Connect Online: Facebook | Twitter | InstagramYouTubeWattpad | Goodreads 

Camp NaNoWriMo - Wrap Up

Monday April 30, 2018

Well, with this round of Camp Nanowrimo heading into the final 17 hours I can safely say I will NOT be "winning" this time around, seeing as I would need to do 16 more hours of writing to meet my goal and I do have a job to go to shortly. I did, however, succeed in writing three new short plays this month, made great progress on two longer plays, and started two picture books. So it was still a pretty good run.

I actually made the decision not to finish yesterday, and was leaning towards that decision on Saturday. As soon as I looked at all the things I wanted to do with the past weekend and realized it was either do those things and write for a few hours or forget having a weekend at all and just write, I chose the more balanced approach.

When I was younger I surely would have surrendered my whole weekend to an online writing challenge, but as I stated in my project listing on the Camp Nanowrimo website:
The real goal is not the final tally though; if I get far behind and have to catch up at the end of the month I'll have missed the point. Rebuilding a daily writing habit is the goal.
Of course I got ahead of myself and chose a goal based on writing every day AND writing for another few hours on every day out of the month that I wasn't at work. So I set a target of 46 hours of writing in April. My count currently sits at 30, but will go up by an hour or two before the end of the day. I didn't write every day, but I did write more days than not. More importantly, I figured out a few things I will try out in the coming month to keep the train rolling:

Writing in the Mornings

This whole month I was trying to put aside an hour to write when I got home from work in the evenings, but sometimes when I got home I was worn out, or frustrated, or distracted by the excitement of a work project. Also, I got home at different times and had different evening commitments, making it hard to feel like a habit was forming.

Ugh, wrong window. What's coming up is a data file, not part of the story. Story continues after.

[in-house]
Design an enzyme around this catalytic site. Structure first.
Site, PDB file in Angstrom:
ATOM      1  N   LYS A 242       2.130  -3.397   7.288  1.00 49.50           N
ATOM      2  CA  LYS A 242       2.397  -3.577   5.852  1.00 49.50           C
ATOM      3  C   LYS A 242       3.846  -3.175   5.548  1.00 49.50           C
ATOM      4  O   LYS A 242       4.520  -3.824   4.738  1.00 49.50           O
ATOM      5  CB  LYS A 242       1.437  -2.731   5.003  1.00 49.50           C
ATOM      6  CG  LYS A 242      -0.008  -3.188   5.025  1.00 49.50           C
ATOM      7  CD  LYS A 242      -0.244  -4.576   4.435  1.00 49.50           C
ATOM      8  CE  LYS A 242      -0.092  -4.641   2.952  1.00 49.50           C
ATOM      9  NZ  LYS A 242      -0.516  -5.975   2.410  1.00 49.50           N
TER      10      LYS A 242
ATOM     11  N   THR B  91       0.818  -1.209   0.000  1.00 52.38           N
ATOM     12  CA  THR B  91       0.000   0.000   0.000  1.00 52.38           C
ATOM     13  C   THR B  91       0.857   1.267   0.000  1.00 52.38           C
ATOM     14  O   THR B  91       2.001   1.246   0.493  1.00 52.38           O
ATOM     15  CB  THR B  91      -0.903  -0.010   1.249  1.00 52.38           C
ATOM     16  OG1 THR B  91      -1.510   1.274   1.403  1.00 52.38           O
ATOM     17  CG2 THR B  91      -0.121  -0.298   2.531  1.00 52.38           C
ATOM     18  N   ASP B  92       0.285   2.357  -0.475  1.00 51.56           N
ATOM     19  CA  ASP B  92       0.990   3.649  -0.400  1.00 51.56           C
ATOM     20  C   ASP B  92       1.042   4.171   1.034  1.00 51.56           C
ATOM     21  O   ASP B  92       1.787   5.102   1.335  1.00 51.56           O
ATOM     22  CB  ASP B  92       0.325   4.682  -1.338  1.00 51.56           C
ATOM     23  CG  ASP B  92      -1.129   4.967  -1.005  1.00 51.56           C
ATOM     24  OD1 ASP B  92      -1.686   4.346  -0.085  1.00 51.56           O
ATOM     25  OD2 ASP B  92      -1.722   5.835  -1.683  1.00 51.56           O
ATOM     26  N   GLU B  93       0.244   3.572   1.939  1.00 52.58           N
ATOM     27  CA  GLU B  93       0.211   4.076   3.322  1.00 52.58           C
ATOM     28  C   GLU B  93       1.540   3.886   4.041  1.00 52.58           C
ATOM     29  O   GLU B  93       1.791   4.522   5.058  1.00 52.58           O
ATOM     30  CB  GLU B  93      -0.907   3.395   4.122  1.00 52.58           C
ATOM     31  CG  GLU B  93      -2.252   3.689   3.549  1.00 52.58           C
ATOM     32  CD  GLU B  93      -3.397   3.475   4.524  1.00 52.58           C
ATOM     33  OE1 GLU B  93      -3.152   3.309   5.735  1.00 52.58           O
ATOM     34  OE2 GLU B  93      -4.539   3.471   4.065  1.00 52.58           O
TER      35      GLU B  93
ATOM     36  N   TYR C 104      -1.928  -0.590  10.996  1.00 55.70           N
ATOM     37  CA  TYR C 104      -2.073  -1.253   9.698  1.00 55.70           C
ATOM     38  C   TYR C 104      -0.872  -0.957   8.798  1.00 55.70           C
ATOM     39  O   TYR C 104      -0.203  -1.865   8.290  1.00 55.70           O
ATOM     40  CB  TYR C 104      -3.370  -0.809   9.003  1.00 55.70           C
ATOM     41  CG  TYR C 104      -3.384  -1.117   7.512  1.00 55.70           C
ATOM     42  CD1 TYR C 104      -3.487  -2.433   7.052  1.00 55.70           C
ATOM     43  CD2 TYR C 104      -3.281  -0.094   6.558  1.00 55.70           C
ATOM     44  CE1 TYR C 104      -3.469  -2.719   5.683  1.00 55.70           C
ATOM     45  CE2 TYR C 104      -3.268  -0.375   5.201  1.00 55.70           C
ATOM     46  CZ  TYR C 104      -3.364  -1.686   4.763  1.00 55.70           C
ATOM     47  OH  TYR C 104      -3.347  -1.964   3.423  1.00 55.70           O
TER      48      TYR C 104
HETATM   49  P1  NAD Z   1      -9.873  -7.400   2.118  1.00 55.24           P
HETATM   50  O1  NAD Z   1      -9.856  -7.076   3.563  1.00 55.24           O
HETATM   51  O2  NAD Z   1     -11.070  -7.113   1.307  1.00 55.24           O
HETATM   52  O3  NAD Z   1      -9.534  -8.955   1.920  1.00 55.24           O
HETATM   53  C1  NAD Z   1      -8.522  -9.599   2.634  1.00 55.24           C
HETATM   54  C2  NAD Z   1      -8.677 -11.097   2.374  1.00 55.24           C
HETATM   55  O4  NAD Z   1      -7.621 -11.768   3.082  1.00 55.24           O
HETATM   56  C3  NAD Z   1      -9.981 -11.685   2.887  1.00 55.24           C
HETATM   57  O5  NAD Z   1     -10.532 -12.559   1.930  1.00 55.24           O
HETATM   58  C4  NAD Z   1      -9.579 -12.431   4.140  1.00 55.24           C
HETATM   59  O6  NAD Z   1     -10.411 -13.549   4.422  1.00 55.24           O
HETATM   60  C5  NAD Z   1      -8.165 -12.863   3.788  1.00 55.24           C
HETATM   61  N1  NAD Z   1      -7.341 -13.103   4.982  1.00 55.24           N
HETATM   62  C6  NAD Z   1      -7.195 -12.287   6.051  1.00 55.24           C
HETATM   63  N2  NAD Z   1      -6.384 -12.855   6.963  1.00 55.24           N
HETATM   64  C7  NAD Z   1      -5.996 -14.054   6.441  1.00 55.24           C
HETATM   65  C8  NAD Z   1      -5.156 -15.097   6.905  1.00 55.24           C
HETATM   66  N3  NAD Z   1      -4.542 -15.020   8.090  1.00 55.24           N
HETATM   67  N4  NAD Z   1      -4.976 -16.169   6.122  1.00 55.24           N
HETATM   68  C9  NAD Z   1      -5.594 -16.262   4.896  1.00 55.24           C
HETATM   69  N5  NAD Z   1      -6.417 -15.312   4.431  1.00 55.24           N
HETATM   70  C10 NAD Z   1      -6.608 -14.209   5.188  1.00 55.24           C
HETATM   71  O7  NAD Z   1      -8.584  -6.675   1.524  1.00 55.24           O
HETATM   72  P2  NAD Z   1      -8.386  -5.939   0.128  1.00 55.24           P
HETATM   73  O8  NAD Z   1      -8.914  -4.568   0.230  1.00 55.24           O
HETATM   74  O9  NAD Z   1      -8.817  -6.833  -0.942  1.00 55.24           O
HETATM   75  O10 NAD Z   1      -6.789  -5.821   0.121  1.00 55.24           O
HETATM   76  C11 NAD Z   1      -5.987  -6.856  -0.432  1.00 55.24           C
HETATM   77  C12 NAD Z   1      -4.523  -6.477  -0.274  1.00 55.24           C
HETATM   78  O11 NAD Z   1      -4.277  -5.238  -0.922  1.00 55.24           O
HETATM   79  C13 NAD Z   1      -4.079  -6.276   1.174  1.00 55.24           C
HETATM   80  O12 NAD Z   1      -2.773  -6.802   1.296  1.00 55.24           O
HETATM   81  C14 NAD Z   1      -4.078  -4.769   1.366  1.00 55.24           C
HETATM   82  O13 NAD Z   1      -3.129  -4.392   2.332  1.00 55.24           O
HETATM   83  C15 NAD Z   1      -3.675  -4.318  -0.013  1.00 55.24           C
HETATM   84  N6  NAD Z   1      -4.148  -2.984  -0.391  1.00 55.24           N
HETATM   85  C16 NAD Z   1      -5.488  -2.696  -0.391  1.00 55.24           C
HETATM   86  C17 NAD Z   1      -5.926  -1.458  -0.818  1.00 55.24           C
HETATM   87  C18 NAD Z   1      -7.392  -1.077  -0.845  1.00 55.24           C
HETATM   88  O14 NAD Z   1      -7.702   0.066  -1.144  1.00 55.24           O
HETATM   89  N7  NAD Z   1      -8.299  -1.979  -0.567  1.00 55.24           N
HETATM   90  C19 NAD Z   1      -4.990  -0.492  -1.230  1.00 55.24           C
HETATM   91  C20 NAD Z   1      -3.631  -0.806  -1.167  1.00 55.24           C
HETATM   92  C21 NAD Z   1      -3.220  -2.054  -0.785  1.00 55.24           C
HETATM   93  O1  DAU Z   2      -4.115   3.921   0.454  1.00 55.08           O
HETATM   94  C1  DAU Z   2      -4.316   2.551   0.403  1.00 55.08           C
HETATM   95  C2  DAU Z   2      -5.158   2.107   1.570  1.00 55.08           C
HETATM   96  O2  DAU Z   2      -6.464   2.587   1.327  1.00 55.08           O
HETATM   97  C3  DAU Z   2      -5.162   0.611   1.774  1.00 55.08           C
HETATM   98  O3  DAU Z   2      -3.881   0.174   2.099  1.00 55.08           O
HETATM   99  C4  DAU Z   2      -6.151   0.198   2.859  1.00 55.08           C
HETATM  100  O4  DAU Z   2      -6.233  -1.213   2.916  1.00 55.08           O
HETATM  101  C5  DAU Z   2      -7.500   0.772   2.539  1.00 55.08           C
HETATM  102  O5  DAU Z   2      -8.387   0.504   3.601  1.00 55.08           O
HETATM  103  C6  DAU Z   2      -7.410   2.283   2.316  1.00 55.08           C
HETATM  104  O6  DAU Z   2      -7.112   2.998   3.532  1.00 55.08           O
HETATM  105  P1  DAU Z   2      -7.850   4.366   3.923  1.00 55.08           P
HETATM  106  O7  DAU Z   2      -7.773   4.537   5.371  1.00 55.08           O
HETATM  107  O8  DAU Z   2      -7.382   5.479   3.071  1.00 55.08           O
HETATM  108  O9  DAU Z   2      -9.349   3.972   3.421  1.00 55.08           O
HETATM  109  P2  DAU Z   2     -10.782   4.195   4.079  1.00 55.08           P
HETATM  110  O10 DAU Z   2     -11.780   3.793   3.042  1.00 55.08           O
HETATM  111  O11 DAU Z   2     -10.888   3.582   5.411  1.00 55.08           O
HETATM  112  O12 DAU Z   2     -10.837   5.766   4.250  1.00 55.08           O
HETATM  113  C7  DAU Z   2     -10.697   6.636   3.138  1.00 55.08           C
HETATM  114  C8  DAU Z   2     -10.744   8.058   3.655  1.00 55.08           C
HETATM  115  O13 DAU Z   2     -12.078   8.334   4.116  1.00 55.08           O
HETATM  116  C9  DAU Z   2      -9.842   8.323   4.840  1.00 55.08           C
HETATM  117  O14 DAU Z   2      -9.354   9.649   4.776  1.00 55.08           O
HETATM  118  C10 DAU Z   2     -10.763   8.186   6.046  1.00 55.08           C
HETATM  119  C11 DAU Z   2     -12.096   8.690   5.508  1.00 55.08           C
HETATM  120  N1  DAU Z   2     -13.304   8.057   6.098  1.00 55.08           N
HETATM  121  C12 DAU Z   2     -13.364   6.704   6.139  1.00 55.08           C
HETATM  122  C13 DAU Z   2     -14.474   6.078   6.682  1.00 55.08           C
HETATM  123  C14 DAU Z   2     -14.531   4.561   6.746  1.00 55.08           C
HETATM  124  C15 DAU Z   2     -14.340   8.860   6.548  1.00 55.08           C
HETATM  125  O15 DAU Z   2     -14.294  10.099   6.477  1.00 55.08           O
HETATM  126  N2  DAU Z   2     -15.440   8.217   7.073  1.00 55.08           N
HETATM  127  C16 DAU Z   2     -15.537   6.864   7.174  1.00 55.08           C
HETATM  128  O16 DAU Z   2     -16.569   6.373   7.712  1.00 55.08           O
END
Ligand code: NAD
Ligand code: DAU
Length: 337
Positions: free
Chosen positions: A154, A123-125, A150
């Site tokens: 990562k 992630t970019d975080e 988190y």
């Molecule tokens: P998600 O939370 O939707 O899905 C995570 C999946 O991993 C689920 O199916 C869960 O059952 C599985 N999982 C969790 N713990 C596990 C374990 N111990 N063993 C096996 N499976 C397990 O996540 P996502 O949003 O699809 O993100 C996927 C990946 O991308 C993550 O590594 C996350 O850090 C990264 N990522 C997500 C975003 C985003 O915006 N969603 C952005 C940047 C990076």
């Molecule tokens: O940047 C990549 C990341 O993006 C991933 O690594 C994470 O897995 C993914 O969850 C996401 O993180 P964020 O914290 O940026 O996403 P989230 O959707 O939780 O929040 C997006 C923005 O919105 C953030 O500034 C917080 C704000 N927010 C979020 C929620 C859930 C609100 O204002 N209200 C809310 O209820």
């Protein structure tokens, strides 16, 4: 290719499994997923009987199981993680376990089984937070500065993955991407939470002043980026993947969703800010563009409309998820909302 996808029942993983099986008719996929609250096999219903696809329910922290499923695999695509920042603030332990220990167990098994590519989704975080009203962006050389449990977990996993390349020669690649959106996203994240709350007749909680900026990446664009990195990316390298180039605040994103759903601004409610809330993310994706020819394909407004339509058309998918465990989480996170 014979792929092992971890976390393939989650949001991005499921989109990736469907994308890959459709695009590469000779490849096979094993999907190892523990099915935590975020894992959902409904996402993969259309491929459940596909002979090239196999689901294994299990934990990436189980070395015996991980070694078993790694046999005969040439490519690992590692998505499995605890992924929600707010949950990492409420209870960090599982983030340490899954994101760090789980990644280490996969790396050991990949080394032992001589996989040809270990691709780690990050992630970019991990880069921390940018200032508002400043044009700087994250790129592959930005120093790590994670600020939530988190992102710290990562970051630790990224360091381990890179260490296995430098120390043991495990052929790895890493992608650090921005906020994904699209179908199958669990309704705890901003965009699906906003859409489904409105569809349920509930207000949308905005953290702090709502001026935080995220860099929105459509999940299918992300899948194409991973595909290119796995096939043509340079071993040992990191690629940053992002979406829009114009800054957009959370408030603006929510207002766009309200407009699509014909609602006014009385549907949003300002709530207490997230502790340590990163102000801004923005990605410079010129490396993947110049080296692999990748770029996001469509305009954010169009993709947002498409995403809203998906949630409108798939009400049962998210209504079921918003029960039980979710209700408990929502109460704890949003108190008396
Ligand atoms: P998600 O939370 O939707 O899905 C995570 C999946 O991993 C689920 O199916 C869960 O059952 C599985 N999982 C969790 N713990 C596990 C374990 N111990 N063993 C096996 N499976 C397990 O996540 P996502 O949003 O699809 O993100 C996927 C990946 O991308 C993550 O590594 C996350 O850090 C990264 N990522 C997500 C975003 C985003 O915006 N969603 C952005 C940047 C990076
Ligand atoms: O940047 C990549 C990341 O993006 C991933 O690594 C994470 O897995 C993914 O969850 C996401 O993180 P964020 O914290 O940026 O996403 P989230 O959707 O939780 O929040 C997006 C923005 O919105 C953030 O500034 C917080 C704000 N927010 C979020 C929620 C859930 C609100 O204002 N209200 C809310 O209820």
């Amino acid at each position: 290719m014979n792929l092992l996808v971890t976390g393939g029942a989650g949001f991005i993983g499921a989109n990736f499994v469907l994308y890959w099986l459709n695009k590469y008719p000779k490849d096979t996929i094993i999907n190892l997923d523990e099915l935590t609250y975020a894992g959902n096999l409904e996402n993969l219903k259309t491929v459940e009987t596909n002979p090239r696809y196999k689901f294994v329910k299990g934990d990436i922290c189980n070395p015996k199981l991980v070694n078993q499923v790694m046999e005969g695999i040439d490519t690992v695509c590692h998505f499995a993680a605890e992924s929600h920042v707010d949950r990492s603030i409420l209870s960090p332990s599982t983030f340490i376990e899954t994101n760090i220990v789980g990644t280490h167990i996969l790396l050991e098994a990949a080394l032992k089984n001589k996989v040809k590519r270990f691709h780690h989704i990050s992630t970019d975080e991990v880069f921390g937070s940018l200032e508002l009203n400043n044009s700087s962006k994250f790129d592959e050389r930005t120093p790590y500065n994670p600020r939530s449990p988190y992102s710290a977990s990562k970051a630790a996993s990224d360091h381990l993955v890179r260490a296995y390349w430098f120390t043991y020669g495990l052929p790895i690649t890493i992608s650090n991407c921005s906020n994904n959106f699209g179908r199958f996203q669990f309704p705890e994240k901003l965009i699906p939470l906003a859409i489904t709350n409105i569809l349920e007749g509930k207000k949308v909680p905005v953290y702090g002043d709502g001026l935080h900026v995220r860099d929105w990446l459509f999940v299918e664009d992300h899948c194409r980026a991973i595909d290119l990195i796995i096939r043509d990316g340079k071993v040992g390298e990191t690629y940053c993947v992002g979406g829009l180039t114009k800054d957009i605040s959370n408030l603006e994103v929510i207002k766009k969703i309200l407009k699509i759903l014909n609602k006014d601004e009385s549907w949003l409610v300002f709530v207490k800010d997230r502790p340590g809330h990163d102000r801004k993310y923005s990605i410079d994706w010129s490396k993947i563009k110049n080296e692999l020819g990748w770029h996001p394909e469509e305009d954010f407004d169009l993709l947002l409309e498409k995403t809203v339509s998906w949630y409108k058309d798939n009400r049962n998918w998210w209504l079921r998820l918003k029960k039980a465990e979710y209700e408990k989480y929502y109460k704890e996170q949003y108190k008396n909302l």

And yet I have a daily habit that I formed much by accident - morning Sodoku. After getting into doing the puzzles in the paper last year, I was given a Page a Day Sodoku calendar and a Sodoku book for Christmas and have done one every morning for all of 2018. The original idea was to do them on the bus during my commute, but that backed up to during my morning coffee, whether or not I was going to work.

So as of this morning, I'm switching to morning writing. One hour in the Sodoku slot, and the puzzle can come after. Of course I may choose to write longer on days that I'm home or write again in the evenings, but I'm going to try starting my day with writing, before other things can crowd in and get on my mind.

Taking Seinfeld Digital

I mentioned in my Camp Nano Halfway Point blog post that I was interested in Jerry Seinfeld's idea of putting a big red X through the calendar on every day that you wrote (in his case, new jokes) so that you would get a nice visual chain going that you didn't want to break. The problem I ran into is that our only wall calendar is "The Little World of Liz Climo" and I like the look of it so much that I actually didn't like putting big red Xs on it, so the satisfaction I was supposed to get from seeing them was marred.

My next thought was to go by another calendar just for that purpose, but just last night it occurred to me that perhaps digital is the way to go. I threw together a red X writing tally page for myself in Google Docs, and set it to open up every time I launch chrome:


I've also gone with Deep Work author Cal Newport's suggestion to tally how much time you spend focused on your most important task, so instead of just one X for writing at all it's an X for every hour. I'll see this every time I want to go online, so if I've somehow missed my morning writing hour I'll have a big reminder of that pop-up in my face before I can get to my email or social media or anywhere else on the web.

Back to Camp?

So with those tweaks, a plan to rearrange our creative space, and new on-the-go projects to get finished, I'm heading into May with the continuing goal to write every day, and more. Camp Nanowrimo takes place again in July; I'll decide closer to the date if I want to do it again. If all goes well that would be with a project-based goal, since I'll hopefully have this regular-writing habit locked in by then.


Did you go to Camp Nanowrimo? If so, how'd it go? Or what writing habits work for you?